Rare diseases represent a significant unmet medical need, impacting the lives of millions of patients and their caregivers worldwide. At WuXi AppTec, we believe that our ongoing collaborative efforts to raise disease awareness and foster innovative thinking will accelerate development of breakthrough treatments to address the healthcare challenges of rare diseases. As we continue on this exciting journey to bring transformational medicines to patients, we are thrilled to share with you a new interview series from worldwide leading experts, “Delivering on the Promise of New Therapies for Rare Diseases.” Hello and thank you for joining us, Professor Zhao! Before we begin the interview, could you please introduce yourself to our audience? Xinyu: Hi, my name is Xinyu Zhao, I’m a professor of neuroscience. I’m also an investigator at the Waisman Center at the University of Wisconsin-Madison. This is a public university funded by NIH and private foundation and also the State of Wisconsin. What has inspired or led you to research on Fragile X? What issues are you trying to address? Xinyu: So I started working on Fragile X when I was a new assistant professor starting my lab in New Mexico. During my post-doc training, I was working on neural stem cells and plasticity and regeneration. And because of my interest in regeneration, I was working on adult neurogenesis. Adult neurogenesis is important for learning and memory and in lifelong learning memory. And so when I ran into this question about the Fragile X syndrome, I become really interested in knowing how the lifelong learning deficit… Basically, I became interested in answering the question, whether the lifelong learning memory deficit might be rooted from defect neurogenesis. And also at the time I had three little children myself, and so I became really interested in knowing the basis of a genetic neurodevelopmental disorders and try to find a way to treat that, from the point of view of a parent. And so that’s how I started working on Fragile X syndrome. So the first question I tried to answer using the mouse model was whether neurogenesis is defective in the Fragile X mice, and indeed we found that. Using that model, we identified the number of molecular targets and potential drug targets that might be feasible for developing therapies for Fragile X syndrome. And more recently I became interested in extending the mouse study into human studies. The reason is that many of the research based on mouse models have not really translated successfully into clinical trial and the treatment. Since I moved to Wisconsin 11 years ago, I’ve been working on human stem cell models derived from Fragile X patients. And that’s our more recent discoveries and research. What approaches are you taking in regard to gene therapies, targeted therapies, drug repurposing, or others? Xinyu: We kind of have a two-pronged approach. In my lab, we actually use parallel mouse models and the human patient-derived iPS cells. The reason we use these two models is because, in the mouse model we have, we could test some of the potential drug targets and for the purpose of drug repurposing. And we can use behavior outcome as a readout for some of this drug effect. Because of the limitation of the mouse model, we also use the human iPSC, induced pluripotent stem cell, models. Using those models, we try to understand the molecular mechanism underlying the function of a Fragile X gene, FMR1. From that, we can identify novel pathways and the novel altered mechanisms, providing the knowledge basis for drug development. What is the greatest and differentiated value of your modality or technical approach towards the treatment of Fragile X patients? Xinyu: One of the most important works we are doing recently is to derive iPSCs from patients with a distinct behavior and brain electric activity phenotypes. The reason we want to do that is because there’s a really diverse kind of representation and severity among Fragile X patients, and this diversity has contributed to a lot of the complexity in clinical trial design and the readout. So because of that, we decided to derive the iPSC stem cells from the patient with a distinct representation in their severity and drug response. And this is a collaboration with clinicians, basic scientists and computation scientists. Our goal is to try to identify, what are the underlying mechanism for these differences in severity, and can we develop an in vitro model in the cell culture model that we can test some of these drugs before they need to be applied to human clinical trial or patient treatment? So this is really exciting, because this is highly relevant to what actually need to be applied to patient in future and highly relevant to some of the more pressing and fundamental questions in Fragile X research and treatment. Could you tell us your research progress so far? What is the next milestone? Xinyu: Using mouse models we actually made a lot of interesting discoveries. We published quite a few papers and some of those mouse studies are now being tested in human stem cell models. We also collaborated with other people testing some of their discoveries in our human stem cell models. In terms of the human stem cells, we derive them into neurons in culture. And though we measure their electric activity, their molecular changes, we have actually discovered some very preliminary data showing differences among different Fragile X patient-derived neurons. And we are not sure even these are the underlying molecular differences among patient diversity, but this is the first step. So we’re really excited about this discovery. As for the next step, this work is right now ongoing, and we hope to have publications in the next couple years and to really contribute to the knowledge of Fragile X field. How do you think we can better address the complexity of Fragile X disease biology in order to identify new targets and biomarkers? Xinyu: So, Fragile X syndrome is, wow, a really complex disorder, even though there is, in most cases, a single gene mutation. The outcome and the representation of the symptom severity is quite different. Based on what I see, I would say that the kind of approach that may actually help us to develop better understanding and treatment is to use multiple different models. I talked about the mouse models and human stem cell models in my lab, but I also know people are using rat models and other type of models. I think in the future, if possible, we really should try to include more than one type of model, because each of the experiment model has its strength. If we can actually achieve our knowledge from using different models, we’ll be able to achieve our goal much easier. In addition to that, I really do think that we need to study the relevant cells from the patients, actually iPS cells, because we can differentiate them into neurons. Of course, if we have access to neurons directly, it will always be the best model, but that’s not possible. So when we derived iPS cells from blood, or skin fibroblasts, we can differentiate them into different neuronal types. And that give us models to study how and what kind of molecular pathways have gone wrong in different Fragile X patients. And then we can also identify convergent molecular changes and drug targets that may be in subpopulation patients, because it is possible that the diverse phenotype and representation of severity is rooted from a molecular mechanism that’s somewhat different in different patients. In your view, what would you recommend the Fragile X researchers to do differently in order to advance better medicine faster for the patients, and what do you hope to see in the Fragile X R&D in the next 10 years? Xinyu: I know there are a lot of talking about reactivating or reintroducing the gene into patients as a therapy, and I feel that before we know the function of the gene and what kind of off-target effect it can have when you overexpress it, we really need to know more about how this gene can be reactivated or reintroduced and the impact of misexpression. In addition to the current models, large animal models will be really useful. And so far other than mostly mouse models, rat models and human stem cell models, there’re really not that many large animal models for studying Fragile X syndrome. I think, even for gene delivery and drug delivery, large animal models will be really useful. And the other thing is, the Fragile X patient-derived iPS cells are actually very useful for us to understand the mechanism underlying the different symptoms, different phenotypical diversity among patients, and for us to test the drugs, because not all the patients respond to the same drug the same way. If we can have the iPSC models, we can address this issue and that will give us knowledge of which path we could target for which set of patients. So we have started on that with our work, which was initially funded by FRAXA and also by John Merck Fund. Now, we are expanding that work to study and unveil the mechanism underlying these differences. I think more of this type of work should be carried out. Are there any innovative collaboration and partnership models that the Fragile X community can pursue to advance the field faster? Xinyu: Definitely. Without that pilot funding from FRAXA and also from John Merck Fund, we would never have been able to derive these iPS cells from this group of patients. I’m referring specifically to our collaboration with Dr. Craig Erickson at Cincinnati. He has patients from this group and also extensive clinical information of these patients. So the partnership with John Merck Fund and with FRAXA have made a huge difference in terms of progress in this area. Now we have the system, there are pharmaceutical or biotech companies getting interested in working with us to test some of their drugs, because we have a good readout for neuronal excitability and mitochondria deficit or the different kinds of molecular changes we have detected in Fragile X neurons. So I think this type of a partnership and the pilot grant from non-federal funding will be very important to initiate this type of exploratory projects. And in the future, I think it’ll be really nice to have collaborative funding from multiple modalities, including federal and private foundation and pharmaceutical companies, and putting the money with academia to investigate specific questions together, because each part have their own goal, but together we can actually form this unified goal to try to answer this really important question and help the patients and the treatment development. Patient-centric drug development is very important in achieving high quality healthcare. What does it mean for you in the Fragile X field? Xinyu: Of course our primary goal is to help the patients eventually. I’m a basic scientist, so my first question is always, what is the mechanism behind this? Then once you discover the mechanism, you want to know, can we use this mechanism to help the patient in the long run? I don’t run clinical trials, but when I think about the long term goal, that actually motivates me to work really hard in my research projects. However, we realize that when we are doing basic research, we need to think about patients, and not just your knockout gene or inactive gene, then you have this consistent changes in every single individual, since we are very diverse in our genetic background and in our environmental exposure. So to develop that kind of patient-centric drug development, we actually have to treat the patients. We really need to think about that; they are not uniform. There are subgroups and there are differences in us. There’s severity and there are phenotypic presentation, and we need to consider that from the basic development of a molecular mechanism and identifying drug target all the way to clinical trial. If we don’t do that, we may end up with a very complex outcome that we cannot interpret. So, what I’m saying is that, we really need to develop this kind of patient-originated cells and the models. One reason why the Alzheimer field is advancing so fast is because they have a lot of postmortem brain tissue. Whatever they discovered in animal model, they can go into the human brain tissue to check if those changes really are there. But in the Fragile X field, we have very limited access to postmortem brain tissues, so those patient-derived iPS cells are good, but they’re cultured cells. They’re not from those patients who have suffered from those condition. So it would be really good to have an expansion of the brain bank. I know this is very challenging. We have worked with the Maryland brain bank trying to get some of the tissues and it’s really, really difficult. There’re very limited number of tissues available. So if we want to make a really big push for advancement of this field, we need to think about all the challenges. We obtain a lot of information from animal models, and one of the most challenging part in our work is to check that information in human neurons and human postmortem brain tissues. If we think beyond Fragile X for a moment, in 2021 the FDA approved 50 new drugs. Now let’s imagine 2030, do you think we would collectively be able to achieve 100+ new drug approvals at half of today’s costs? And if so, would there be any major gaps to bridge or any upcoming breakthroughs that you are most excited about? Xinyu: So I think drug discovery will actually become cheaper, in the sense that for many of the studies, we can use patient-derived iPS cells as a model to test before actually testing in human. So the advancement of human genetics and single cell analysis in recent years has unveiled many molecular pathways and many cell types that either share between humans and animal models, and also identify molecular pathways that can be unique to humans. Some of those pathways are important for drug targets. In the past, we have depended on animal models or cultures, like for example, white blood cells, as a model to testing our theories and our experimental hypothesis. And the limitation is animal models do not always represent the genetic background, the genetic changes in humans, and blood cells are not neurons. So the patient-derived iPS cells and human neurons really provide this unique opportunity for us to test a lot of our hypothesis. And also the single cell genetics and the extensive fast advancement of human genetics can actually identify all those changes we didn’t even realize. With the gene network analysis indicating what pathways might be changed in a disease versus a control healthy group, in cell type specific manner, this is really powerful development. I know many people already take advantage of this advancement and they develop novel software and methods to identify drug targets and potential ways to manipulate the disease conditions, so we can achieve a treatment. It would be really exciting to work in this field in the next few years to see how this develops. We are also working with computation scientists and bioinformaticians to use sophisticated computation method, including machine learning, to identify the changes at the different type of neurons in the brain, in the context of not just Fragile X, but also other diseases. So, I think this is really exciting time for drug development. Thank you so much for your inspirational insights, Professor Zhao! Xinyu: Thank you.     Xinyu Zhao JENNI AND KYLE PROFESSOR, WAISMAN CENTER AND DEPARTMENT OF NEUROSCIENCE, UNIVERSITY OF WISCONSIN-MADISON Dr. Xinyu Zhao graduated from Peking (Beijing) University with a B.S. degree in Biology and then earned her Ph.D. degree in Pharmacology from the University of Washington (Seattle). She obtained postdoctoral training on neural stem cells from Dr. Fred Gage at the Salk Institute for Biological Studies (La Jolla, California). Dr. Zhao started her own independent research at the University of New Mexico School of Medicine in 2003 and then moved to the University of Wisconsin-Madison in 2011. She is currently a Jenni and Kyle Professor in the Department of Neuroscience and an investigator of the Waisman Center. Dr. Zhao’s research focuses on understanding the molecular mechanisms that regulate brain development with the goal of developing novel treatment strategies for neurodevelopmental disorders including fragile X syndrome. She was recognized with a Research Award from the National Fragile X Foundation in 2018.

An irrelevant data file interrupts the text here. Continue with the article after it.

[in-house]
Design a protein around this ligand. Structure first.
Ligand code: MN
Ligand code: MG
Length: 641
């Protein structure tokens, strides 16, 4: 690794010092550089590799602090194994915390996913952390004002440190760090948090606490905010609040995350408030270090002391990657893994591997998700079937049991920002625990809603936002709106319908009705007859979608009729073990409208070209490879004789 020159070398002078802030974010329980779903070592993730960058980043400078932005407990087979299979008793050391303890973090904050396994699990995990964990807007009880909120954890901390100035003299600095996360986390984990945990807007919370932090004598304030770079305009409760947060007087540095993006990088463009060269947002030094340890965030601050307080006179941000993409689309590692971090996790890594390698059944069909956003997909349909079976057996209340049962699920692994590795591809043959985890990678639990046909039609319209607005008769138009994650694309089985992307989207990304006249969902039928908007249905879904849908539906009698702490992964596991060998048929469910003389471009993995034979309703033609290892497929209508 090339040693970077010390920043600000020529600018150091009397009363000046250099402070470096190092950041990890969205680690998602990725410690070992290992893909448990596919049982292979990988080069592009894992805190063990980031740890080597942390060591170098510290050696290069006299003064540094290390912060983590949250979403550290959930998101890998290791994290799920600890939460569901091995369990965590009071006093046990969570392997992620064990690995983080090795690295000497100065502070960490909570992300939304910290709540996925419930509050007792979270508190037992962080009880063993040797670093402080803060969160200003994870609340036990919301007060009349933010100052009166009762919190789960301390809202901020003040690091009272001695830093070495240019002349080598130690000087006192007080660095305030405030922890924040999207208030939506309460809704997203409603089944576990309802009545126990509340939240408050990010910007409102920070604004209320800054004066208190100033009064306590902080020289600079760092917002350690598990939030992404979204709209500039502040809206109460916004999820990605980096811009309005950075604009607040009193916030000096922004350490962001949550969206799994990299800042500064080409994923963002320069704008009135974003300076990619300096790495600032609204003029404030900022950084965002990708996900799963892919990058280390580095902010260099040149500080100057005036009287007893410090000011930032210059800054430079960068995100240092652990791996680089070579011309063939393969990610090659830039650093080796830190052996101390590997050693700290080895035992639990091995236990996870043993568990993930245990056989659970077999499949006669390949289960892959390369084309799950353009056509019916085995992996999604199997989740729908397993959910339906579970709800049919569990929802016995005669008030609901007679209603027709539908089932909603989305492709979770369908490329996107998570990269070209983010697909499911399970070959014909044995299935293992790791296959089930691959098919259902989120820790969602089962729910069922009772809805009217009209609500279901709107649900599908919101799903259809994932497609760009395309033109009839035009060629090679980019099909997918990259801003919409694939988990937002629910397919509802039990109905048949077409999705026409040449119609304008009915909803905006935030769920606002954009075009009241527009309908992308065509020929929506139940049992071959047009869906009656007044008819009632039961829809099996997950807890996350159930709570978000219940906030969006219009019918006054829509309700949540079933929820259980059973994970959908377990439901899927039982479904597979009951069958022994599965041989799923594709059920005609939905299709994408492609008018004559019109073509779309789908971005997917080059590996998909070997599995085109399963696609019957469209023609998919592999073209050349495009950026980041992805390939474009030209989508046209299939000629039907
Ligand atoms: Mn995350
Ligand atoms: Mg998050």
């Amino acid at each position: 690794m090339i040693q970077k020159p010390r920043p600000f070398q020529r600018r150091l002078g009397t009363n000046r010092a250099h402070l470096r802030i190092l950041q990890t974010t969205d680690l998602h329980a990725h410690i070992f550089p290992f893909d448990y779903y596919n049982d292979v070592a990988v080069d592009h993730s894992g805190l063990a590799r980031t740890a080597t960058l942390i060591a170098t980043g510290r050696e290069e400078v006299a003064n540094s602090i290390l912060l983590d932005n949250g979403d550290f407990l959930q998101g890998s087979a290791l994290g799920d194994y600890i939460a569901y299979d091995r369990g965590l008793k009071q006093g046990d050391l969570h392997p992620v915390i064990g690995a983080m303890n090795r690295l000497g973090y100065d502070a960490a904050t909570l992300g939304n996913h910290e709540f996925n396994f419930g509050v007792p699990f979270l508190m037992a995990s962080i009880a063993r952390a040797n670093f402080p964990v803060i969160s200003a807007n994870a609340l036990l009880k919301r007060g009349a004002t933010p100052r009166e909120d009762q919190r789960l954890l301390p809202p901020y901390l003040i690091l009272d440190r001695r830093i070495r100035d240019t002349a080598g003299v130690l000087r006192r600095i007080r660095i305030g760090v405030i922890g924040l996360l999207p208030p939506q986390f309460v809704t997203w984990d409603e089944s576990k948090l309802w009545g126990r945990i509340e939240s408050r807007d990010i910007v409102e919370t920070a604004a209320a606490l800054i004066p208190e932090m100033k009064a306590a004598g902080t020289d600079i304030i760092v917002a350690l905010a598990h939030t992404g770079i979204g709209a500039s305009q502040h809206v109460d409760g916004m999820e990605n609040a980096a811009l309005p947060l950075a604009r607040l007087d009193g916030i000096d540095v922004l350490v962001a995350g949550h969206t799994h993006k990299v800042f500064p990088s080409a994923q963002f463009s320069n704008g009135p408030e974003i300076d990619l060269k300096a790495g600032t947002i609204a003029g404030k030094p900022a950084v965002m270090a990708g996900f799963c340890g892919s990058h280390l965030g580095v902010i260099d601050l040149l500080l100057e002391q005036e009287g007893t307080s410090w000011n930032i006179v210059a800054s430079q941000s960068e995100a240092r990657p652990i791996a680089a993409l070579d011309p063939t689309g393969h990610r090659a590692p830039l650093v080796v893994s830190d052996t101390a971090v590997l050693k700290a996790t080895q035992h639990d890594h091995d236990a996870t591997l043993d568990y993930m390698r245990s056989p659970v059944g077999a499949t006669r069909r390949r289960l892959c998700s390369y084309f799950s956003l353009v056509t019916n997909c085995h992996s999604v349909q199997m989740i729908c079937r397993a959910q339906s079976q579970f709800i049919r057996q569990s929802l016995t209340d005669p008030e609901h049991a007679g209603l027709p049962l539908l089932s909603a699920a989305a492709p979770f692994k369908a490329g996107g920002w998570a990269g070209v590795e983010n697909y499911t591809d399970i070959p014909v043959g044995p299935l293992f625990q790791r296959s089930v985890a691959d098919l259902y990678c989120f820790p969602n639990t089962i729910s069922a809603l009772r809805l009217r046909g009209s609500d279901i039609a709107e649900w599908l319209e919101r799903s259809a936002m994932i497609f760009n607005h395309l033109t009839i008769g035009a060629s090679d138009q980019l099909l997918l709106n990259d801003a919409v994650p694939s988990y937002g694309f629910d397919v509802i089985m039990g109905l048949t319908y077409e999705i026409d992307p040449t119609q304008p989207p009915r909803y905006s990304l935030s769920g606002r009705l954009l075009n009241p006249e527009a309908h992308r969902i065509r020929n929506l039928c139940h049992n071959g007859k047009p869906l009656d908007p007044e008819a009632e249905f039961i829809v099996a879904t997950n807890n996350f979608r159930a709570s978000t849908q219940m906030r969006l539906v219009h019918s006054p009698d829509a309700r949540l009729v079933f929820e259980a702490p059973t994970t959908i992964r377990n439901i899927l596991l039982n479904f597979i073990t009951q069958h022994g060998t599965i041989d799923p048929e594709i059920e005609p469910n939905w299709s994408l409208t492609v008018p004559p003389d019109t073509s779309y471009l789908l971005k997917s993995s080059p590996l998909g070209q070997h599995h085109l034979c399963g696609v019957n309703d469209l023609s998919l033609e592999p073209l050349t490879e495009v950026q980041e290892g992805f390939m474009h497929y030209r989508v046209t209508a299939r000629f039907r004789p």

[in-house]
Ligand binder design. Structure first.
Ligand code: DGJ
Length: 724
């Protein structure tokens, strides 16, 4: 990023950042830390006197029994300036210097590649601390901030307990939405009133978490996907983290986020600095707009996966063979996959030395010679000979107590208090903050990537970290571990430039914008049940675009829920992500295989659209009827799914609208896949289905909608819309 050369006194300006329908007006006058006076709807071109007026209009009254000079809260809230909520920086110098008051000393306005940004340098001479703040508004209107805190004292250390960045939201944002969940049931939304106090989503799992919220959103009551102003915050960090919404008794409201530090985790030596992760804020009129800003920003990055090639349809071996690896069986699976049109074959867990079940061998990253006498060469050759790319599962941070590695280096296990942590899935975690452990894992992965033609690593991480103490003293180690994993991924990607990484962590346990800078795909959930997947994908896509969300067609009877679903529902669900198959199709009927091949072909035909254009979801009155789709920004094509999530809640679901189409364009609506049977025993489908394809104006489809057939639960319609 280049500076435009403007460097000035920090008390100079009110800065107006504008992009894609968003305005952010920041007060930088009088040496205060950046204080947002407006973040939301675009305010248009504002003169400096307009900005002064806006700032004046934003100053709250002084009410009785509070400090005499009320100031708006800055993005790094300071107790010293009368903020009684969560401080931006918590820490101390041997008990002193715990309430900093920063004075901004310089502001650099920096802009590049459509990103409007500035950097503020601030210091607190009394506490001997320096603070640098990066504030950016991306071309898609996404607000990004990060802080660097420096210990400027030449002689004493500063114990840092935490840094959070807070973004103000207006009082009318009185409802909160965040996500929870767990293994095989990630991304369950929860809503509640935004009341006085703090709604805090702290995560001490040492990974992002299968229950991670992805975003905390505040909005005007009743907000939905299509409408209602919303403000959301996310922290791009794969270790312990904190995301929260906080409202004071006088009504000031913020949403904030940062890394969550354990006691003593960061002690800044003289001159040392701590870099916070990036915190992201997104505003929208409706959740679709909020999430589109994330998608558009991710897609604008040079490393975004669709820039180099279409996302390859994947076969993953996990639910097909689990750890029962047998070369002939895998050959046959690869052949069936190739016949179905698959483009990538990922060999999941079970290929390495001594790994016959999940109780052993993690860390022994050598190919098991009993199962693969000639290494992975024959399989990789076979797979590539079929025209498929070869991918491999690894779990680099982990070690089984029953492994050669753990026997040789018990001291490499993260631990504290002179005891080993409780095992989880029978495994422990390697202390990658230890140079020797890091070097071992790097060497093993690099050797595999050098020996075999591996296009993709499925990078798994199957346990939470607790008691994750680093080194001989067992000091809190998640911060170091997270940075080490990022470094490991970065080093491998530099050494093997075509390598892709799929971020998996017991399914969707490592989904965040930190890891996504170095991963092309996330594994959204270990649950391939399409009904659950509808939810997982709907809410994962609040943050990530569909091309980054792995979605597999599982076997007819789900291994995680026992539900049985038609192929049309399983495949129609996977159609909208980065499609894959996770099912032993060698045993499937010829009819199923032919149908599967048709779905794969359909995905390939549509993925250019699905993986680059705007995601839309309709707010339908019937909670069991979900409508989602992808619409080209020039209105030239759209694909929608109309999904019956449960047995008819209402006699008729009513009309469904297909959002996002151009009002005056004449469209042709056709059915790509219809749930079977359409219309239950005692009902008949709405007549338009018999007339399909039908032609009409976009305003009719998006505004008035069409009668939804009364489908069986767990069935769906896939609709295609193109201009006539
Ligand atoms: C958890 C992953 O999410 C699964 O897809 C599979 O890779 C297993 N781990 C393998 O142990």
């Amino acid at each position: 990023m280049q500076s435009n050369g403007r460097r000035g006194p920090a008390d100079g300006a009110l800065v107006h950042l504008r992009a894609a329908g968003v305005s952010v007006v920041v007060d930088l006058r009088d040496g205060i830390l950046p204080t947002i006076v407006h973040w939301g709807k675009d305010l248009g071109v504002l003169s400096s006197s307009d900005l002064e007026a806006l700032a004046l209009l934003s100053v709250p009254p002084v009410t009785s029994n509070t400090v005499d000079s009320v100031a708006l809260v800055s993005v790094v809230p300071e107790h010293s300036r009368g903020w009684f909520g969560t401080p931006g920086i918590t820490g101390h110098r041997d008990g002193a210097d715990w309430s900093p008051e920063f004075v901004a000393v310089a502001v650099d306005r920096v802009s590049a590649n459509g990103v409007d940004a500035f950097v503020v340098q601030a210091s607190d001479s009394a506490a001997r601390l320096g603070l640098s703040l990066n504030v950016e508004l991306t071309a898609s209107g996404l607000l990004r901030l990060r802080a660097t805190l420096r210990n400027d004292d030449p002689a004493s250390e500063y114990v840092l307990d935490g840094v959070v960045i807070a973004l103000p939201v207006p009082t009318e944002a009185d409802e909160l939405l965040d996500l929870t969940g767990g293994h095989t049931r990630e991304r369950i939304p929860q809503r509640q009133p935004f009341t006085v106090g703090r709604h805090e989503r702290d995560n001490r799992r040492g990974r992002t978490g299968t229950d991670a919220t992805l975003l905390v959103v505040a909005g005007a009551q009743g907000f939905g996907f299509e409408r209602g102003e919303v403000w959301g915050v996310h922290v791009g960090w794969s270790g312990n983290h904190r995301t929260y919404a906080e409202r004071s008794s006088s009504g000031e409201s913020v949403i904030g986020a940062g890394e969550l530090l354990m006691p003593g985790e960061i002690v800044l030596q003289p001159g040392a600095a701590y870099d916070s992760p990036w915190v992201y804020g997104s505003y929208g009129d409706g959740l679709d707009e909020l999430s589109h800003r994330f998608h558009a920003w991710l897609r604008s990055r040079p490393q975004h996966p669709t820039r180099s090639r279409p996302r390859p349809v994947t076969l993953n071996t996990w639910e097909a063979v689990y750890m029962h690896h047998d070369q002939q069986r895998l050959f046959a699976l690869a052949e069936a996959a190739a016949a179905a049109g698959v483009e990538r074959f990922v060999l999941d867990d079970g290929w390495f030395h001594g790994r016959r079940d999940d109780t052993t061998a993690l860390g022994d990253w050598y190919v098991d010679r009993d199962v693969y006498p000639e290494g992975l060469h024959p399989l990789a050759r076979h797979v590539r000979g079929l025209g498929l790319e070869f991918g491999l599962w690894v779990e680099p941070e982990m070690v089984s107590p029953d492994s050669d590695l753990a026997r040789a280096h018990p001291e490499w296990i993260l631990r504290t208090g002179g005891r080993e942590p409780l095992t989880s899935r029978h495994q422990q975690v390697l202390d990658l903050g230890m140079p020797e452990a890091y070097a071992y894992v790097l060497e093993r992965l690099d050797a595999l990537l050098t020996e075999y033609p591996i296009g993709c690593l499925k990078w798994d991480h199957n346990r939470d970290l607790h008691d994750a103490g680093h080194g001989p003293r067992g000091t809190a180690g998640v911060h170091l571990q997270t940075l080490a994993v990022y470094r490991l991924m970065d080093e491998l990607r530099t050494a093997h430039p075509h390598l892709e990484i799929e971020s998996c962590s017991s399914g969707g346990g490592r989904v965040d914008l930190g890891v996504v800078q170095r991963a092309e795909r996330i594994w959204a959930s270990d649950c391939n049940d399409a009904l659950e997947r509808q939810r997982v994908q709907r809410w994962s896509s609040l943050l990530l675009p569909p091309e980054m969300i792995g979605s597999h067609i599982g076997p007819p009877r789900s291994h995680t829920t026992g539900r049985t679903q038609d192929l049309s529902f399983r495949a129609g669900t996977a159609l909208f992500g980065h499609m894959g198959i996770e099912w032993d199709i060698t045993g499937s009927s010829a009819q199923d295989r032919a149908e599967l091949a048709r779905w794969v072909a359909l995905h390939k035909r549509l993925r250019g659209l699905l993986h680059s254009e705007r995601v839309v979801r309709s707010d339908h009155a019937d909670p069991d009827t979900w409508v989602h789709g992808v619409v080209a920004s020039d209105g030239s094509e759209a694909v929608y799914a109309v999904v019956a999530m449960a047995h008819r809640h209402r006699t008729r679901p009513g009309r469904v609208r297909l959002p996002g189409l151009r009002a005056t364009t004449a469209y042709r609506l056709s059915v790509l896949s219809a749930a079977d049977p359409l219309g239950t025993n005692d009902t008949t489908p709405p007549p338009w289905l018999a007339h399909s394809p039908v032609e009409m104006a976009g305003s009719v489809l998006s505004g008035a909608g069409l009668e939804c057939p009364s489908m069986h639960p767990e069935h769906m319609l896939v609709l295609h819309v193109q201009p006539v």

Read more